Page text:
Massive power outages strike Buenos Aires amid historic heat wave
While extreme cold has gripped parts of the United States in recent days, the very opposite has been true below the equator. In the Southern Hemisphere, summer is in full swing and a heat wave could shatter century-old temperature records in South America.
AccuWeather meteorologists say portions of the southern half of the continent will experience temperatures that could rival all-time record highs, which is expected to lead to a massive strain on local infrastructure.
"A strong high pressure area over the mid-continent will result in temperatures 10-20 F (6-11 C) above normal across much of central and northern Argentina to western Uruguay, southeast Paraguay and parts of Rio Grande Do Sul through Saturday," AccuWeather Lead International Forecaster Jason Nicholls said.
The heat, which has been building since the weekend, is projected to peak into Saturday. In this stretch, temperatures may approach the highest mark ever recorded on the continent – a staggering 120 degrees Fahrenheit (48.9 degrees Celsius), which was recorded in Rivadavia, Argentina, on Dec. 11, 1905.
On Tuesday, Buenos Aires, a typically temperate city bordering the southern Atlantic Ocean, recorded its second highest temperature since records started being tracked there in 1906 -- a staggering 106 F (41.1 C). The hottest reading there is 110 F (43.3 C) from Jan. 29, 1957.
The searing heat led to massive power outages across the city which affected 700,000 people, according to Reuters. A majority of the power outages were due to the enormous cooling demands for homes and businesses, but about 43,000 of the outages were a result of a failure of lines at two substations, the news agency said. Residents were asked to limit water usage as the outages impacted the city's purification system.
"I came home and we were without electricity and the house was a furnace," Buenos Aires resident Jose Casabal told Reuters. Jose and his children off sought relief from the heat at a family member's swimming pool, the news agency said.
A seller waits for costumers at his shop during a blackout, amid a heat wave, in Buenos Aires, Argentina January 11, 2022. REUTERS/Agustin Marcarian
"I do not have air conditioning at home and we were with just the fan blowing hot air. It's unbearable," Gustavo Barrios from Tigre said via Reuters.
Wednesday provided a brief break in the heat for communities bordering the southern Atlantic Ocean as the wind moved inland off of the water. However, Mother Nature ratcheted up the heat once again late week.
"Areas farther inland are expected to feel the worst of the heat and reach 110 F (43 C) or higher for multiple days," AccuWeather Meteorologist Alyssa Smithmyer said.
The city of La Rioja in northwestern Argentina clocked in at 111 F (44 C) on Thursday afternoon, and Buenos Aires are reached 105 F (40.5 C). Rivadavia and Bahia Blanca also hit 110 F (43 C) on Thursday.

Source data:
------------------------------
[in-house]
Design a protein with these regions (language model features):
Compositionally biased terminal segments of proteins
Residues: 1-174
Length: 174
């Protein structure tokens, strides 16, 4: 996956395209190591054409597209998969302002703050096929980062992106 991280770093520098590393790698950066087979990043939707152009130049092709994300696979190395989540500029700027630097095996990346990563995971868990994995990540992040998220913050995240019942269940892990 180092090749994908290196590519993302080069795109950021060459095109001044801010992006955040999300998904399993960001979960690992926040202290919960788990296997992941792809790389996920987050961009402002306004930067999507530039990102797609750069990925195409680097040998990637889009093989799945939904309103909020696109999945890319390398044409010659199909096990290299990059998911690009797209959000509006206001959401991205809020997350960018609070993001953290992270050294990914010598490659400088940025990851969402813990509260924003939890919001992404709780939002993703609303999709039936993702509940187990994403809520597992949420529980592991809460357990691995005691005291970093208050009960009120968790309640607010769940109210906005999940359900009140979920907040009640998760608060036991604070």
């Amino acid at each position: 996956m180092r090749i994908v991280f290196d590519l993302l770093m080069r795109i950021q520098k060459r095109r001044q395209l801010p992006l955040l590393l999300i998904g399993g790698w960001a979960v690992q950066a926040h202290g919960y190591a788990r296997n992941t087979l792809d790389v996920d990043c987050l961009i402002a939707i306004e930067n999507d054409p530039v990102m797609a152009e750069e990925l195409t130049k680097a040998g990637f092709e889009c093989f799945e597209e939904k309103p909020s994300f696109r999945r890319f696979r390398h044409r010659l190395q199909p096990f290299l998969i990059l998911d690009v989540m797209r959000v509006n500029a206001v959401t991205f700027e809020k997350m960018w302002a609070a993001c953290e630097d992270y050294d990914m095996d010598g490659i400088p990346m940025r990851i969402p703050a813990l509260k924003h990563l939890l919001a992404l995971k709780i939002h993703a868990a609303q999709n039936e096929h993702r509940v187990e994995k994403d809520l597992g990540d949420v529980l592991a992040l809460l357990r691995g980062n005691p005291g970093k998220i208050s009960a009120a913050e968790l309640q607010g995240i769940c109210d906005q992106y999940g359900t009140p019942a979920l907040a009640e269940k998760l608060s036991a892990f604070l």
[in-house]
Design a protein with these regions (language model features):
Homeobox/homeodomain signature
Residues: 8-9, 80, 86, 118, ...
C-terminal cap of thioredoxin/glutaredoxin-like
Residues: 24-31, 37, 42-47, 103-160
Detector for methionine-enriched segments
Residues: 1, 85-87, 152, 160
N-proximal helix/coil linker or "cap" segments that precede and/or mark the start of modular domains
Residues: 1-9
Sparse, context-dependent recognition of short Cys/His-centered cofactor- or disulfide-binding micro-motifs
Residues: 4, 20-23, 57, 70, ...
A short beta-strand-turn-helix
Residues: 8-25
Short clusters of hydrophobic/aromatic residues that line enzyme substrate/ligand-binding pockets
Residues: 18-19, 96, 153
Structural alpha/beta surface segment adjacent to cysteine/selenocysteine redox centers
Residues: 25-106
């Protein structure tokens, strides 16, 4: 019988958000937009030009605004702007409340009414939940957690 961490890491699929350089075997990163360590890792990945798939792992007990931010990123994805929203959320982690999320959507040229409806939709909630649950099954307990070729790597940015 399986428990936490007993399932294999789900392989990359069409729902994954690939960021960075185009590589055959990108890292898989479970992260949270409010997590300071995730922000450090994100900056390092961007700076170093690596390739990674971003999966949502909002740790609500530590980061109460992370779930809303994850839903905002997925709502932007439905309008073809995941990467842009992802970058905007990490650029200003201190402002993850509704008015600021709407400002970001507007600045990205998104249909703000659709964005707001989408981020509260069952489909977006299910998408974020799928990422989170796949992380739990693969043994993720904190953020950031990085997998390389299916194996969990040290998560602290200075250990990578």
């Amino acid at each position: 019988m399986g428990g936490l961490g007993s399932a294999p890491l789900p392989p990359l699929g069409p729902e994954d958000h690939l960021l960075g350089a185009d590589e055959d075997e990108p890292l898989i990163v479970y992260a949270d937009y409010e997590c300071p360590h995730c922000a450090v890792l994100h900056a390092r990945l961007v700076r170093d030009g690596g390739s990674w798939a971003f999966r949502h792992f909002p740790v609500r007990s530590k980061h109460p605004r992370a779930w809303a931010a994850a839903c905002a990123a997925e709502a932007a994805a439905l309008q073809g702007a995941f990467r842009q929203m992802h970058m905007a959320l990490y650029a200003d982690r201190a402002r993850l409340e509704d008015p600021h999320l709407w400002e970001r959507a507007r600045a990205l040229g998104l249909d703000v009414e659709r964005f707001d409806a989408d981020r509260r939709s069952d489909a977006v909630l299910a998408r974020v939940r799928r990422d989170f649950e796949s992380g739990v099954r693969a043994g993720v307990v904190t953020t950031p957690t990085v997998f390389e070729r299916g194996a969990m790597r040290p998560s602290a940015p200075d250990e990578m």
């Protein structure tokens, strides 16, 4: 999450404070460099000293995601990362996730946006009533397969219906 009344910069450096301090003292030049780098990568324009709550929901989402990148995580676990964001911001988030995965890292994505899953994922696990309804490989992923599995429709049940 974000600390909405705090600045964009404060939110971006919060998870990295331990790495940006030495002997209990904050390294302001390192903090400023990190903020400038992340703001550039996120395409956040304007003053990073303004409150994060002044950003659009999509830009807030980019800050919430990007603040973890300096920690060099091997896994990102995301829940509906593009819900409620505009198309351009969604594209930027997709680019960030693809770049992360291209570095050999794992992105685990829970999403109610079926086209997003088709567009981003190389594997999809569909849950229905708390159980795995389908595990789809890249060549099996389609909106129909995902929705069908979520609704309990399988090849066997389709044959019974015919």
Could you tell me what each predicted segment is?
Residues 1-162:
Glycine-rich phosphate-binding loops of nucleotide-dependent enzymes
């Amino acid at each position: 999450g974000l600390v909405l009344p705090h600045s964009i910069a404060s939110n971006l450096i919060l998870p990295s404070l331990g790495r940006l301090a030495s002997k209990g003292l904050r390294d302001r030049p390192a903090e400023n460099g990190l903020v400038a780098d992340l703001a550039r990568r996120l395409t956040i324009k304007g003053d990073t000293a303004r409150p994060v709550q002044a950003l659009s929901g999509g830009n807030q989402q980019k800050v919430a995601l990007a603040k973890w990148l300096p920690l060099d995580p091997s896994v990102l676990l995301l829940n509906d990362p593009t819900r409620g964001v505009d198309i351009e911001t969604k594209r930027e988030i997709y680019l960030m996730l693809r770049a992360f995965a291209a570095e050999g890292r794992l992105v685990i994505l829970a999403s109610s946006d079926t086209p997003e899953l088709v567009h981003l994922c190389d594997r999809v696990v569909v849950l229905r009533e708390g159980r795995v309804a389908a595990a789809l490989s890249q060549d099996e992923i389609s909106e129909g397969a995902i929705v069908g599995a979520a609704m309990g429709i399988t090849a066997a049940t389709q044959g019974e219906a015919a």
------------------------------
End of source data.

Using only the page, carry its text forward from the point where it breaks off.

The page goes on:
Across much of northern Argentina, temperatures are expected to climb into the upper 90s to lower 100s F (36-39 C) once again Friday, which is about 15 F (8 C) above the average for the middle of summer.
The guidance that forecasters utilize to assist in the creation of forecasts suggests that temperatures very close to South America's all-time record high are possible across interior areas, should this heat wave reach its full potential. Even if the all-time record high is not matched, the length and intensity of the sizzling conditions are likely to leave their mark across the region.
Hot weather continued on Thursday, Jan. 13, 2022, across portions of South America. (AccuWeather)
Such a prolonged period of heat will continue to lead to a significant increase in energy demands and can put further strain on the power grid and additional power outages. Temperatures as high as predicted can also cause pavement to buckle and warp, leading to travel disruptions.
This latest wave of extreme heat comes shortly after the announcement that 2021 finished in the top 5 list of hottest years across the globe.
Much of the region affected is also in the midst of a drought, and the combination of the heat and continued dry weather will only act to worsen these conditions.
Argentina's national weather service has issued orange and red level alerts for extreme temperatures across much of the region this week, indicating moderate to extreme effects on health.
Forecasters advise residents and visitors to take precautions in the heat, such as drinking plenty of water to stay hydrated, limiting time outdoors, wearing light-colored and loose-fitted clothing, spending as much time as possible in a cooled environment and avoiding strenuous activities if at all possible. These measures can greatly lessen the risk of heat-related illness, such as heat exhaustion or heatstroke.
AccuWeather meteorologists do have good news in that the pattern looks to break down beginning next week, bringing much cooler weather to the region.
A system will bring the risk of thunderstorms and begin to break the heat wave on Sunday, according to Nicholls. He added that there may be enough heavy rain to heighten the risk of flash flooding in Chile's Atacama Desert Friday into Saturday.
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